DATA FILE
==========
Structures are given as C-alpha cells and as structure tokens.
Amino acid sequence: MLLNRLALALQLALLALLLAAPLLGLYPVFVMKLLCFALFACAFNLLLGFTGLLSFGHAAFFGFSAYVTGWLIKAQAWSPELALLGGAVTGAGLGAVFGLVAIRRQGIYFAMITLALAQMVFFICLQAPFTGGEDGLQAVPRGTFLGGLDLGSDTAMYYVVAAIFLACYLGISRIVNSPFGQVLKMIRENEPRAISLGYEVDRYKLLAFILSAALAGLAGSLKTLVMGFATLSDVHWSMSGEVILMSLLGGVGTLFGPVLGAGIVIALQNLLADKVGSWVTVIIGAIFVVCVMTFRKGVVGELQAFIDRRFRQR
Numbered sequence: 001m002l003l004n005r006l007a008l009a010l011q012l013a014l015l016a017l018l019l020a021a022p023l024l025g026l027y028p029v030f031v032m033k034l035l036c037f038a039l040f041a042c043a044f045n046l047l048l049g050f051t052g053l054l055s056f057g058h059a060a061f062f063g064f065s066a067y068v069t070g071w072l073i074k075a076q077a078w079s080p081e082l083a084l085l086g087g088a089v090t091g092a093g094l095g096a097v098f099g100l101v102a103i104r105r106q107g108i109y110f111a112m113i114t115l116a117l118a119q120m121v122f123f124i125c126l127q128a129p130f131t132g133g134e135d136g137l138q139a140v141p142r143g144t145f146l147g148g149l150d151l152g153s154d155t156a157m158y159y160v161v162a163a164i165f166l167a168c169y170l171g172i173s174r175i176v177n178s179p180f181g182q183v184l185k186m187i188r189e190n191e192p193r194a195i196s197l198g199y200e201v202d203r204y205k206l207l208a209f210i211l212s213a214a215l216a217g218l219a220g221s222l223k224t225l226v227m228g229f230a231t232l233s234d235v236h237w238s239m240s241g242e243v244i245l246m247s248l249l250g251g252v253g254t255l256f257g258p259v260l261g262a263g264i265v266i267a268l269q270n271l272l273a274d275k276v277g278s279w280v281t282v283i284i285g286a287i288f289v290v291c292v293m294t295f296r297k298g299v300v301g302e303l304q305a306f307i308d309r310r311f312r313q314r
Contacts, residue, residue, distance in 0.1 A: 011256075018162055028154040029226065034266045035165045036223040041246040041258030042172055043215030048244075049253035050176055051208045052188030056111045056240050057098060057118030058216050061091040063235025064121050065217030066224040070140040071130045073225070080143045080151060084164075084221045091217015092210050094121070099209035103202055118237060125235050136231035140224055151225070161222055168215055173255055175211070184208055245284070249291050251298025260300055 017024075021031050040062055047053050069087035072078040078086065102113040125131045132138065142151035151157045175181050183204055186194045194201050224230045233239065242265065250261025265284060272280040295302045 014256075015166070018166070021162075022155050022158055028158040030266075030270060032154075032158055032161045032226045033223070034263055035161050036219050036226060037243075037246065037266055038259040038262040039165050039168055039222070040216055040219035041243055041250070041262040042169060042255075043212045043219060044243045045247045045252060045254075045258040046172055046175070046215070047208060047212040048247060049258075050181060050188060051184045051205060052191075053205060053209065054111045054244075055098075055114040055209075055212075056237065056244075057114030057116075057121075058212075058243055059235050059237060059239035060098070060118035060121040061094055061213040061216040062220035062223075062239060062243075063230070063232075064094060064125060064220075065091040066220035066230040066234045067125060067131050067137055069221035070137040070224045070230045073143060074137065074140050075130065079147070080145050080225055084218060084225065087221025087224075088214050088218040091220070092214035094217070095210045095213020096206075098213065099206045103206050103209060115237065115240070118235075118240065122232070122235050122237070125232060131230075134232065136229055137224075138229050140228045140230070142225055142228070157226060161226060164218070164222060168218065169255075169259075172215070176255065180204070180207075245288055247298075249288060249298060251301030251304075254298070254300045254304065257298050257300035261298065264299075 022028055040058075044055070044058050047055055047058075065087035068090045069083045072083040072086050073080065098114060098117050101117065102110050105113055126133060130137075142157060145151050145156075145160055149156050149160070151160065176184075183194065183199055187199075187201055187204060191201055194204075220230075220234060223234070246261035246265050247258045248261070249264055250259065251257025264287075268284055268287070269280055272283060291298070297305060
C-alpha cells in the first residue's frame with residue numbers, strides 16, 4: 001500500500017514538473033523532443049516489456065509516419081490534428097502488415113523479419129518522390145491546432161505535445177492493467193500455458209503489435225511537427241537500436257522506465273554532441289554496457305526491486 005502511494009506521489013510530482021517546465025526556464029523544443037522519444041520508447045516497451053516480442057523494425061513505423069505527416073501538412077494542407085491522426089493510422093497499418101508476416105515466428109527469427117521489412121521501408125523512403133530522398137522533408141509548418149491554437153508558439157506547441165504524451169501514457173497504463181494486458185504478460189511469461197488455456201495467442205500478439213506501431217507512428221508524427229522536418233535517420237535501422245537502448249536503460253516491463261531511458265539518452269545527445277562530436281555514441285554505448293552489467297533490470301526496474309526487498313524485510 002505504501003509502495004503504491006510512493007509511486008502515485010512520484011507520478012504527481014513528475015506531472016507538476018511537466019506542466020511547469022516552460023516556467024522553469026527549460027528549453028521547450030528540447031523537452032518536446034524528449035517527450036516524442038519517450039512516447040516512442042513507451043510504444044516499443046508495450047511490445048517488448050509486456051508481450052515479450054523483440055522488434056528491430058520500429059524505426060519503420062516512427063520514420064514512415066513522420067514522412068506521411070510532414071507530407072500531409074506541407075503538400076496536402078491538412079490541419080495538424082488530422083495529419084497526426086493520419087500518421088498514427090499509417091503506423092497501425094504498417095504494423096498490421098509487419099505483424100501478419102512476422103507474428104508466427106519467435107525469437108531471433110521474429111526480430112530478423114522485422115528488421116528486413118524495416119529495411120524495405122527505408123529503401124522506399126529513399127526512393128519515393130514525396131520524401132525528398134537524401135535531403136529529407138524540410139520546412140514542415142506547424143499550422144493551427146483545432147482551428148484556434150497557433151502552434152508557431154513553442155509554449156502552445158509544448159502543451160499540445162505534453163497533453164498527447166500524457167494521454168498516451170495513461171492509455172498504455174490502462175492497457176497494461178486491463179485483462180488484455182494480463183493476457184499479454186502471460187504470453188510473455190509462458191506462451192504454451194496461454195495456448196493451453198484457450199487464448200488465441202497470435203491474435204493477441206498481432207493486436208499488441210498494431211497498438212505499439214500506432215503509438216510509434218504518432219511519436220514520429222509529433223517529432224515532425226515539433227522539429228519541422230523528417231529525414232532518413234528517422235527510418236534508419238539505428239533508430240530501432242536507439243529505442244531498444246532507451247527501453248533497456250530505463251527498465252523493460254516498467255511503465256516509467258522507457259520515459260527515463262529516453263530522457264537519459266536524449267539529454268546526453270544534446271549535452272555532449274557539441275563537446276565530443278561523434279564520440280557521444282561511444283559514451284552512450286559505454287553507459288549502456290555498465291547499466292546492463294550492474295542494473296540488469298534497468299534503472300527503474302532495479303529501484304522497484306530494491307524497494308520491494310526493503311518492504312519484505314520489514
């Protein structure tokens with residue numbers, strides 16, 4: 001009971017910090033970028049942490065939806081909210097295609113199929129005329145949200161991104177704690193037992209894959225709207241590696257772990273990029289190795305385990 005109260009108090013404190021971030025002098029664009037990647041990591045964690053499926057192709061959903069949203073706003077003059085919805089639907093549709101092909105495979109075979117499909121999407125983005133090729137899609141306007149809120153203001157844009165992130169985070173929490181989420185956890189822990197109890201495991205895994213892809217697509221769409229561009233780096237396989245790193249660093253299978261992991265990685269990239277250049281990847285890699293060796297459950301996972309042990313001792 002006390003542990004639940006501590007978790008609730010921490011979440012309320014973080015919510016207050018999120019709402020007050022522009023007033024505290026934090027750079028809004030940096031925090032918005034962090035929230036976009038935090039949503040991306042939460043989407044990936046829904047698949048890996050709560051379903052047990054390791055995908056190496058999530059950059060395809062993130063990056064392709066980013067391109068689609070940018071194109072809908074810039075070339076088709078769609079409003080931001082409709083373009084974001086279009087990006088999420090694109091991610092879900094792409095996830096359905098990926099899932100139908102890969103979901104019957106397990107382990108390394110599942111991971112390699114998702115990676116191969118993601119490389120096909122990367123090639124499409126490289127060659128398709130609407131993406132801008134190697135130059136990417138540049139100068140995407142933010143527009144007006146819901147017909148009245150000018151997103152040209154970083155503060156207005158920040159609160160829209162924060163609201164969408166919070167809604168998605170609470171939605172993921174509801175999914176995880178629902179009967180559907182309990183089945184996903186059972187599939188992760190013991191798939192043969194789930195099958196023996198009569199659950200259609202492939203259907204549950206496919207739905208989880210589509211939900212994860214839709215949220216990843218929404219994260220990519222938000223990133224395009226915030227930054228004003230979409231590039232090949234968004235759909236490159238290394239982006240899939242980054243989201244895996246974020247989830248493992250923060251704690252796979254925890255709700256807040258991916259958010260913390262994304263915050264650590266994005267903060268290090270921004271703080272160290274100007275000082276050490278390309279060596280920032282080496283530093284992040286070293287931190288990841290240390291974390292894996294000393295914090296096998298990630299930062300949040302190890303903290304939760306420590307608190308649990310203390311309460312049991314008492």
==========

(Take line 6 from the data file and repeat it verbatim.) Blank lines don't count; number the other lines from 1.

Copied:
């Protein structure tokens with residue numbers, strides 16, 4: 001009971017910090033970028049942490065939806081909210097295609113199929129005329145949200161991104177704690193037992209894959225709207241590696257772990273990029289190795305385990 005109260009108090013404190021971030025002098029664009037990647041990591045964690053499926057192709061959903069949203073706003077003059085919805089639907093549709101092909105495979109075979117499909121999407125983005133090729137899609141306007149809120153203001157844009165992130169985070173929490181989420185956890189822990197109890201495991205895994213892809217697509221769409229561009233780096237396989245790193249660093253299978261992991265990685269990239277250049281990847285890699293060796297459950301996972309042990313001792 002006390003542990004639940006501590007978790008609730010921490011979440012309320014973080015919510016207050018999120019709402020007050022522009023007033024505290026934090027750079028809004030940096031925090032918005034962090035929230036976009038935090039949503040991306042939460043989407044990936046829904047698949048890996050709560051379903052047990054390791055995908056190496058999530059950059060395809062993130063990056064392709066980013067391109068689609070940018071194109072809908074810039075070339076088709078769609079409003080931001082409709083373009084974001086279009087990006088999420090694109091991610092879900094792409095996830096359905098990926099899932100139908102890969103979901104019957106397990107382990108390394110599942111991971112390699114998702115990676116191969118993601119490389120096909122990367123090639124499409126490289127060659128398709130609407131993406132801008134190697135130059136990417138540049139100068140995407142933010143527009144007006146819901147017909148009245150000018151997103152040209154970083155503060156207005158920040159609160160829209162924060163609201164969408166919070167809604168998605170609470171939605172993921174509801175999914176995880178629902179009967180559907182309990183089945184996903186059972187599939188992760190013991191798939192043969194789930195099958196023996198009569199659950200259609202492939203259907204549950206496919207739905208989880210589509211939900212994860214839709215949220216990843218929404219994260220990519222938000223990133224395009226915030227930054228004003230979409231590039232090949234968004235759909236490159238290394239982006240899939242980054243989201244895996246974020247989830248493992250923060251704690252796979254925890255709700256807040258991916259958010260913390262994304263915050264650590266994005267903060268290090270921004271703080272160290274100007275000082276050490278390309279060596280920032282080496283530093284992040286070293287931190288990841290240390291974390292894996294000393295914090296096998298990630299930062300949040302190890303903290304939760306420590307608190308649990310203390311309460312049991314008492």